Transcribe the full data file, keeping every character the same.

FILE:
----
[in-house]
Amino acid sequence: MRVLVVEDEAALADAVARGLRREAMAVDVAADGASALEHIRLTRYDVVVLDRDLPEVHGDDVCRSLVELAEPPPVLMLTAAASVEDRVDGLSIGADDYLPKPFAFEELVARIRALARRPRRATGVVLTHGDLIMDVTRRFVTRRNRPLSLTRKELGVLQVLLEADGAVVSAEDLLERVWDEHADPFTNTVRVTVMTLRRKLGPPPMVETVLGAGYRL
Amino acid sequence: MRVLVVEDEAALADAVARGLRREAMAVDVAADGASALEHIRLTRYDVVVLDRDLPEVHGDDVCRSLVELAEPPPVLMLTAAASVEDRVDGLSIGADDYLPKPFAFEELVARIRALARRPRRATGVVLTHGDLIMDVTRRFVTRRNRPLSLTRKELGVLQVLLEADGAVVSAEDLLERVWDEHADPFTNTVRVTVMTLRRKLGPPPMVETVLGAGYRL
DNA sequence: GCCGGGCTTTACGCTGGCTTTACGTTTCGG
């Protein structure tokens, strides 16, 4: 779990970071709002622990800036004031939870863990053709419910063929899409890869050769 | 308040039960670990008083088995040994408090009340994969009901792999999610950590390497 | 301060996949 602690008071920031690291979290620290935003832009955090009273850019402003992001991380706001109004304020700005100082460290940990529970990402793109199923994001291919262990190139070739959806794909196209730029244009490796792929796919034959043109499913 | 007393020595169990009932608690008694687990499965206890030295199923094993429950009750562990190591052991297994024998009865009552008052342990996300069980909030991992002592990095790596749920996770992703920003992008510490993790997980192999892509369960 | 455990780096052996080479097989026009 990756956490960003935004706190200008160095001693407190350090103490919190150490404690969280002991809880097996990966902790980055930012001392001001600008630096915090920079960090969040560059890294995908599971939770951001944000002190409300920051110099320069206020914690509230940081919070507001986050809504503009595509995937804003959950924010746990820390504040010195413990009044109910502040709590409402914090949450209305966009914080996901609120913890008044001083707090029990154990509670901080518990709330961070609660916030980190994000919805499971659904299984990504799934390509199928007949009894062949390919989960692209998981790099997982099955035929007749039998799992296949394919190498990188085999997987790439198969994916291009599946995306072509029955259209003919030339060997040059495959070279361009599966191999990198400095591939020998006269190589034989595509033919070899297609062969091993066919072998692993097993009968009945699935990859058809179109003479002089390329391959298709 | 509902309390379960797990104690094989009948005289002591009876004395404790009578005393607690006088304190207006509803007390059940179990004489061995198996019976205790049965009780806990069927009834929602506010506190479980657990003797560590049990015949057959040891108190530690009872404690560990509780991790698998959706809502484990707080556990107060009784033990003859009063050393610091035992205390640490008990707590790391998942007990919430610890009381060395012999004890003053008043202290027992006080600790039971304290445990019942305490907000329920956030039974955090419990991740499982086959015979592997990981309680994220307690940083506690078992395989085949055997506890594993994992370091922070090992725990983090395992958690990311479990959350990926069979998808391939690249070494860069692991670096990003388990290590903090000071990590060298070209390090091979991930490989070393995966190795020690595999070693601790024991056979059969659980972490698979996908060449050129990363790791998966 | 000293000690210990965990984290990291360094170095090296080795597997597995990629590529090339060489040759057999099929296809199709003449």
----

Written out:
[in-house]
Amino acid sequence: MRVLVVEDEAALADAVARGLRREAMAVDVAADGASALEHIRLTRYDVVVLDRDLPEVHGDDVCRSLVELAEPPPVLMLTAAASVEDRVDGLSIGADDYLPKPFAFEELVARIRALARRPRRATGVVLTHGDLIMDVTRRFVTRRNRPLSLTRKELGVLQVLLEADGAVVSAEDLLERVWDEHADPFTNTVRVTVMTLRRKLGPPPMVETVLGAGYRL
Amino acid sequence: MRVLVVEDEAALADAVARGLRREAMAVDVAADGASALEHIRLTRYDVVVLDRDLPEVHGDDVCRSLVELAEPPPVLMLTAAASVEDRVDGLSIGADDYLPKPFAFEELVARIRALARRPRRATGVVLTHGDLIMDVTRRFVTRRNRPLSLTRKELGVLQVLLEADGAVVSAEDLLERVWDEHADPFTNTVRVTVMTLRRKLGPPPMVETVLGAGYRL
DNA sequence: GCCGGGCTTTACGCTGGCTTTACGTTTCGG
């Protein structure tokens, strides 16, 4: 779990970071709002622990800036004031939870863990053709419910063929899409890869050769 | 308040039960670990008083088995040994408090009340994969009901792999999610950590390497 | 301060996949 602690008071920031690291979290620290935003832009955090009273850019402003992001991380706001109004304020700005100082460290940990529970990402793109199923994001291919262990190139070739959806794909196209730029244009490796792929796919034959043109499913 | 007393020595169990009932608690008694687990499965206890030295199923094993429950009750562990190591052991297994024998009865009552008052342990996300069980909030991992002592990095790596749920996770992703920003992008510490993790997980192999892509369960 | 455990780096052996080479097989026009 990756956490960003935004706190200008160095001693407190350090103490919190150490404690969280002991809880097996990966902790980055930012001392001001600008630096915090920079960090969040560059890294995908599971939770951001944000002190409300920051110099320069206020914690509230940081919070507001986050809504503009595509995937804003959950924010746990820390504040010195413990009044109910502040709590409402914090949450209305966009914080996901609120913890008044001083707090029990154990509670901080518990709330961070609660916030980190994000919805499971659904299984990504799934390509199928007949009894062949390919989960692209998981790099997982099955035929007749039998799992296949394919190498990188085999997987790439198969994916291009599946995306072509029955259209003919030339060997040059495959070279361009599966191999990198400095591939020998006269190589034989595509033919070899297609062969091993066919072998692993097993009968009945699935990859058809179109003479002089390329391959298709 | 509902309390379960797990104690094989009948005289002591009876004395404790009578005393607690006088304190207006509803007390059940179990004489061995198996019976205790049965009780806990069927009834929602506010506190479980657990003797560590049990015949057959040891108190530690009872404690560990509780991790698998959706809502484990707080556990107060009784033990003859009063050393610091035992205390640490008990707590790391998942007990919430610890009381060395012999004890003053008043202290027992006080600790039971304290445990019942305490907000329920956030039974955090419990991740499982086959015979592997990981309680994220307690940083506690078992395989085949055997506890594993994992370091922070090992725990983090395992958690990311479990959350990926069979998808391939690249070494860069692991670096990003388990290590903090000071990590060298070209390090091979991930490989070393995966190795020690595999070693601790024991056979059969659980972490698979996908060449050129990363790791998966 | 000293000690210990965990984290990291360094170095090296080795597997597995990629590529090339060489040759057999099929296809199709003449």